Smallworld Quindlen's little book is, indeed, short. I read it in about 15 minutes. It's a sweet book that probably started as a blog post and morphed into a tiny, happy book with photos. This is good, practical advice to find treasures in every day life. Like this: I think of [my life:] in all its small component parts: the snowdrops, the daffodils; the feeling of one of my kids sitting close beside me on the couch; the way my husband looks when he reads with the lamp behind him; fettuccine Alfredo; fudge; Gone with the Wind, Pride and Prejudice. Life is made up of moments, small pieces of glittering mica in a long stretch of gray cement.I can totally relate to that. In fact, I try to do this once or twice a week (on my other blog) in a very tangible way by participating in Three Beautiful Things. I should do this everyday because I could certainly find a plethora of beautiful things in my daily life. Read this book when you need to be reminded of what really constitutes a life well lived, or buy it to give with a graduation or wedding present.


I like Anna Quindlen, but really.Any "guide to life" that includes the line "life is a journey, not a destination" deserves to be ridiculed. This reads like a really average commencement address.

Corey Pung

To read my full review, please go to:“A Short Guide to a Happy Life…” If you look at that title, you’re bound to think it’s likely overstated or pretentious, and yet, the title A Short Guide to a Happy Life isn’t entirely misleading. It is short. The entire book is 64 pages long, and those pages are compacted into a pocket size. Is it a guide though? No. The only place it will guide you is to the returns counter at your local book store. Is it describing a happy life? No. If anything, it’s describing her happy life. Well, at least it’s short.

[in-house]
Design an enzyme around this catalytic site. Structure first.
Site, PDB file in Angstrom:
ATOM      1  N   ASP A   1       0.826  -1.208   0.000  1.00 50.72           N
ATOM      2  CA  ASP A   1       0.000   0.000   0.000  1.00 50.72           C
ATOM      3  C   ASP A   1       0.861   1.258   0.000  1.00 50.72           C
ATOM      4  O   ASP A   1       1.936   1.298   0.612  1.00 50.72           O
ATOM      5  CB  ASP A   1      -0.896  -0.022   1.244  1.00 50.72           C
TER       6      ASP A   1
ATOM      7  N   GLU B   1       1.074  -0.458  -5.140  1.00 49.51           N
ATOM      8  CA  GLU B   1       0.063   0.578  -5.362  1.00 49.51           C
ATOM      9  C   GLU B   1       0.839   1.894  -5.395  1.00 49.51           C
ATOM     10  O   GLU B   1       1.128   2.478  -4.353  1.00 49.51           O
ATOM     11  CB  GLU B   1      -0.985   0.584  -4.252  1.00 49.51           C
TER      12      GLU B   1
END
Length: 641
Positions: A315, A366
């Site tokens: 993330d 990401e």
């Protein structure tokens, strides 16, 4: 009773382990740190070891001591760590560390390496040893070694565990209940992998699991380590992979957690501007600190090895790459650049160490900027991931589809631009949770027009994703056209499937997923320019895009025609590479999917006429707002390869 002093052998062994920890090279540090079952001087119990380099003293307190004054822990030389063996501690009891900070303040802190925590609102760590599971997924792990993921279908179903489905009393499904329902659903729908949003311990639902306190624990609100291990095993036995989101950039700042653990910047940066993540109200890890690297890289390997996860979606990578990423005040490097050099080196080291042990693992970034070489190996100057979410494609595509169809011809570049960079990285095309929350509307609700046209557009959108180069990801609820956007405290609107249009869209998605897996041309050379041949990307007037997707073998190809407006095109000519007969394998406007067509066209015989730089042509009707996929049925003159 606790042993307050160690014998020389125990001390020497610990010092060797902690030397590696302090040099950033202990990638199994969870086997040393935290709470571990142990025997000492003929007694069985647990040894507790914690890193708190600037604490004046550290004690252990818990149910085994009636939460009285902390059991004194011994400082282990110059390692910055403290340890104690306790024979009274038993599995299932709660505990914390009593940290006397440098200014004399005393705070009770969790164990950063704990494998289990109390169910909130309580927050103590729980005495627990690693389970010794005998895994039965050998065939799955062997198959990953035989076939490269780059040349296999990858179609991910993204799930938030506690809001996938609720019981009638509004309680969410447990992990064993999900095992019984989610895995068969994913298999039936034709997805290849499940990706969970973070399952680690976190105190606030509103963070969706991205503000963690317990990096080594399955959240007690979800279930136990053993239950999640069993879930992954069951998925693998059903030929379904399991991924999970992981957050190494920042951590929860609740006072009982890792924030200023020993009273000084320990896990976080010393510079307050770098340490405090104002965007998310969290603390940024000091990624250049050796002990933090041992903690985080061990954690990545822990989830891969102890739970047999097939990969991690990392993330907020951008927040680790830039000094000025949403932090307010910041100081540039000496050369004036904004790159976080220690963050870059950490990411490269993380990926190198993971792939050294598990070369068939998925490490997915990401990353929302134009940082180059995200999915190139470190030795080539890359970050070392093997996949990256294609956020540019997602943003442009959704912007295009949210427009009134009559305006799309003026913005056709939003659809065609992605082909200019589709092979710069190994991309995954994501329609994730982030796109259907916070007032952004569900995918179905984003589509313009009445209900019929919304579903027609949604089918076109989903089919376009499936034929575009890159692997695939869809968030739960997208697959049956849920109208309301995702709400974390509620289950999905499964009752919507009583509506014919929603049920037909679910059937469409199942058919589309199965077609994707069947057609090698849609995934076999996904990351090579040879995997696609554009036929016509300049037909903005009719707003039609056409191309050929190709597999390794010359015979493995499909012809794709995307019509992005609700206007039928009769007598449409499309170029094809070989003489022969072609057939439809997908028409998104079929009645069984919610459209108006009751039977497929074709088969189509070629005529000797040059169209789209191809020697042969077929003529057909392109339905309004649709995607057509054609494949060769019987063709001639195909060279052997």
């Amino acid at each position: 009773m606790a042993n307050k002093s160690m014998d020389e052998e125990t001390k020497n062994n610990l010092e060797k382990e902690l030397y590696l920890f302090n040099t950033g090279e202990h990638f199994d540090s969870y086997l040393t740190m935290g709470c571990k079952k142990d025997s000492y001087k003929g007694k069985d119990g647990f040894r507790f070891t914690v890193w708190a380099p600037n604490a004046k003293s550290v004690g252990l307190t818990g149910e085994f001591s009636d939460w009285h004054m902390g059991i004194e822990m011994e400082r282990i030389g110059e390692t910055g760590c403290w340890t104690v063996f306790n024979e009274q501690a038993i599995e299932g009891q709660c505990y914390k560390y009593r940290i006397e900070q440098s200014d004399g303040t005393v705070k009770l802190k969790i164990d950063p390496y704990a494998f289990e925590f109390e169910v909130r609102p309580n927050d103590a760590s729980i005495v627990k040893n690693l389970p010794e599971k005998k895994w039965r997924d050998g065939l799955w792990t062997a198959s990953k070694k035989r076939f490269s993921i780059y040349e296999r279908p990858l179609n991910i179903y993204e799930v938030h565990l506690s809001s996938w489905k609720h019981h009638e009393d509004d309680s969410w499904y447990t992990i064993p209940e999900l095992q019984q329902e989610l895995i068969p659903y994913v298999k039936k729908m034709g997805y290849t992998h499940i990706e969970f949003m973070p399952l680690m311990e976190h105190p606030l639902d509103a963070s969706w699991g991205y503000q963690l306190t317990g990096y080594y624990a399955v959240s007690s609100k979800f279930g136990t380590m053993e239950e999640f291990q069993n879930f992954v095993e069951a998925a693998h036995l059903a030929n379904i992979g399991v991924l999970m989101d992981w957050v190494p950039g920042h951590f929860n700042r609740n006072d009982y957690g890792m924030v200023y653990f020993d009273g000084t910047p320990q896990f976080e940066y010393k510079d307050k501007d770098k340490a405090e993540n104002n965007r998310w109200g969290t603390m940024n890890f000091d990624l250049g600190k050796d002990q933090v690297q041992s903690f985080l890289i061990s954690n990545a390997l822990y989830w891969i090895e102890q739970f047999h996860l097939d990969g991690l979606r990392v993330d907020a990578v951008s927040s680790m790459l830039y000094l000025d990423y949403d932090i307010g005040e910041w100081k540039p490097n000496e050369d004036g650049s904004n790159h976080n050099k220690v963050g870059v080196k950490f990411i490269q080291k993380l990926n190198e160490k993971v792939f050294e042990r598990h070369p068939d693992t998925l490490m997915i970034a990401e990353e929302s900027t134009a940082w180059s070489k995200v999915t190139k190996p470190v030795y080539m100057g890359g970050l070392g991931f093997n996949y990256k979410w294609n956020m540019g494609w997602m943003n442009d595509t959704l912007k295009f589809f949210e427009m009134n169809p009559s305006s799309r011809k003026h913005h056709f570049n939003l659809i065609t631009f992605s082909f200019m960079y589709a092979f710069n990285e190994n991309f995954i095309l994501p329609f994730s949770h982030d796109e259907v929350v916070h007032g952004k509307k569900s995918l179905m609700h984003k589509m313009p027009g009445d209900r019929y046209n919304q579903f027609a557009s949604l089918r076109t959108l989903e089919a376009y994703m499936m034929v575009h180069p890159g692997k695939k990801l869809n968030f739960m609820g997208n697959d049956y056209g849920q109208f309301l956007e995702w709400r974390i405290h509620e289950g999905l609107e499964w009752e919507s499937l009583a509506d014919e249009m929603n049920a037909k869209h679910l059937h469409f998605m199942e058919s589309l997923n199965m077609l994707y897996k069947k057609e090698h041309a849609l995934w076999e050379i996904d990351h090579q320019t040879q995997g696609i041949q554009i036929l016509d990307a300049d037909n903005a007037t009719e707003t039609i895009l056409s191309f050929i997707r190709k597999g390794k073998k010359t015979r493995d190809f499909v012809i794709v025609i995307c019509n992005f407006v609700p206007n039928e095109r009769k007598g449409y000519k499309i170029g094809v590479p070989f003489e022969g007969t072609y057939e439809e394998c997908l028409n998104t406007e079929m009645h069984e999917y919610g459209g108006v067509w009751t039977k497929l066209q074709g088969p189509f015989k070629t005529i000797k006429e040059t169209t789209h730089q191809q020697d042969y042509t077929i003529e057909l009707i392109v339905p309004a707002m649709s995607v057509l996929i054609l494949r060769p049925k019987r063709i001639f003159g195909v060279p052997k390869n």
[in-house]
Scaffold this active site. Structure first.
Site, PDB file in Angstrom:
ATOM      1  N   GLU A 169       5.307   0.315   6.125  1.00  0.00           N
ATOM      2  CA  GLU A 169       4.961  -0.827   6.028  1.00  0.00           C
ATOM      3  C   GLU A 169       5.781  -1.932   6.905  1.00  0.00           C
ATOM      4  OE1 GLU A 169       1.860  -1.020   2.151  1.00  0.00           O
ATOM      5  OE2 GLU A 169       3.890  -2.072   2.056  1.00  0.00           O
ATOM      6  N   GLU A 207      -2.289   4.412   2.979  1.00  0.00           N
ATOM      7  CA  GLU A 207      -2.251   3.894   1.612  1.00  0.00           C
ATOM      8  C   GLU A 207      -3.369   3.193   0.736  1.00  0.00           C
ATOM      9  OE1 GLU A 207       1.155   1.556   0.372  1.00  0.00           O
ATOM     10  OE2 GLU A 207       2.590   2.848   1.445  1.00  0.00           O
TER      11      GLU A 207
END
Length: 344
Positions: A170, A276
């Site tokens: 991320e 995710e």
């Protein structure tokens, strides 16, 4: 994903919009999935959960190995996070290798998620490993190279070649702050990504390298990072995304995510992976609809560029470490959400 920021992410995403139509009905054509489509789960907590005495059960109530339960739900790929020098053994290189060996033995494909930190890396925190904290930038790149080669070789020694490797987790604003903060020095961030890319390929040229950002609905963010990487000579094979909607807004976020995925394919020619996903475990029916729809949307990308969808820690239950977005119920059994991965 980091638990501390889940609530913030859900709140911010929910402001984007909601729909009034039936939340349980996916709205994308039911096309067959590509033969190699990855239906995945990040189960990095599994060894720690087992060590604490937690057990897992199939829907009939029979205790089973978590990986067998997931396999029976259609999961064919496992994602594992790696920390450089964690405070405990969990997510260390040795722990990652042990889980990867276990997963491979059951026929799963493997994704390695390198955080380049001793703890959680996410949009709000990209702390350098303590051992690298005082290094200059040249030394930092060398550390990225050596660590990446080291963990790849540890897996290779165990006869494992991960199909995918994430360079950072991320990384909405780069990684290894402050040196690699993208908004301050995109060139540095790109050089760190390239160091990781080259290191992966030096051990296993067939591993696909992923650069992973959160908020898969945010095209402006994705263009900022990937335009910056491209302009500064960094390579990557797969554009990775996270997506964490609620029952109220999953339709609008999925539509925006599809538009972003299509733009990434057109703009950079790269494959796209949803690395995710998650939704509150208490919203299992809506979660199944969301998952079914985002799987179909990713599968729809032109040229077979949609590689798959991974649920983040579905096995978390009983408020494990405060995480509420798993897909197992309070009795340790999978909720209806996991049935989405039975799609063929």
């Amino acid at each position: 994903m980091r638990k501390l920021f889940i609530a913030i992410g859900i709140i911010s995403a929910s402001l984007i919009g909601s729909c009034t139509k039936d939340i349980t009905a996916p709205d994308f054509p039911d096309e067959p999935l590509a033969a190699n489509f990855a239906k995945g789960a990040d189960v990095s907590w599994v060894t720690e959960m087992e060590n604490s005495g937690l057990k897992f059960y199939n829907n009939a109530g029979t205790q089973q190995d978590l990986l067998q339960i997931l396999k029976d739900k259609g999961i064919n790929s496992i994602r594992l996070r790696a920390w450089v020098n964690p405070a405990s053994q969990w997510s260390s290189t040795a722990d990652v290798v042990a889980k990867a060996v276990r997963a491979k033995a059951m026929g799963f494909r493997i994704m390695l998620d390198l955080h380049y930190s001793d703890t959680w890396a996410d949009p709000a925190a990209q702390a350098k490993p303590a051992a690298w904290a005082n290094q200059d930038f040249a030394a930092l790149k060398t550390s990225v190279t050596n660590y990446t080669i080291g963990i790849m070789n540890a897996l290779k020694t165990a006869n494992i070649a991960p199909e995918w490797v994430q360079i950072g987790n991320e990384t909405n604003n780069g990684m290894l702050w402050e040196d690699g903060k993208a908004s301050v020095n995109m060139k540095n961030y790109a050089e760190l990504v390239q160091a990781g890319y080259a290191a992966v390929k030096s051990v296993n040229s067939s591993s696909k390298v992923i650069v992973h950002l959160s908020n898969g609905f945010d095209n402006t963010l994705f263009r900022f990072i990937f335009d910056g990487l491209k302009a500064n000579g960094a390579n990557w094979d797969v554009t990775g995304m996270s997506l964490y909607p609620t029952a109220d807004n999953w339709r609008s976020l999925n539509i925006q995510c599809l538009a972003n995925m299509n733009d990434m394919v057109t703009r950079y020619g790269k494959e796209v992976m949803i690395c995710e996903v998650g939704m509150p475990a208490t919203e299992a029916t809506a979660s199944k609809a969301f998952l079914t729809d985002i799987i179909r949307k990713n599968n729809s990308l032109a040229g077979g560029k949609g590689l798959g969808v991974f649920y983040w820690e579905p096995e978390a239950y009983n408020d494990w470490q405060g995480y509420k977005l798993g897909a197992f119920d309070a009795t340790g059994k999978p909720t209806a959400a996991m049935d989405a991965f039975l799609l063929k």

alison cross

this book was first realized as a speech given at by Ms. Quindlen at my college commencement. in the past 10 years i have read and re-read these words that i still recall so fondly. the experiences in my life have allowed me to see the intelligence and honor in anna's words; the worth of success that is measured in no other terms than the family that surrounds me; and the nummber of times a day i can smile for no reason whatsoever. it is a constant source of strength and a reminder that happieness is nothing to be ashamed of.

Kressel Housman

My one and only outing this Passover was to a little town in upstate New York called Sugar Loaf where a group of craftspeople live, work, and sell their crafts. The man who serves on the town's Chamber of Commerce also owns a little shop called "Be Positive," and he is the one who gave me this book. It was a pleasant enough read, but I didn't find the insights to be anything I didn't already know. That famous quote that "Nobody on their deathbed ever wished they'd spent more time at the office" appears in there twice, which is quite a lot of a repetition for such a short book. Basically, the message is to remember to smell the flowers as you live your life, which was an especially fitting message to read in picturesque Sugar Loaf, where I doubt anybody is getting rich, but everyone is striving to remain true to their art.


Oh my, what a waste of 20 minutes. This book is full of cliche after cliche. Glass half empty type stuff. I learnt nothing except to avoid this author in the future. You are better off listening to Monty Python's 'Always Look On The Bright Side of Life'... more mentally stimulating than this 'guide'.


My favorite part of this book was the photographs. Because of what I read about a child on a swing in another book (Gilead), I think I can say the child on the swing is my favorite page of the book.

Ann Thomas

One of those books that is good to re- read periodically.Truisms of life abound. For anyone who has ever been "broken open" by something in their life... this book is something that you will agree with.

Danielle Bailey

It was good, but not as good as I had hoped. As another person mentioned, a lot if it was pretty cliche. I don't really think that this should have been made into a book.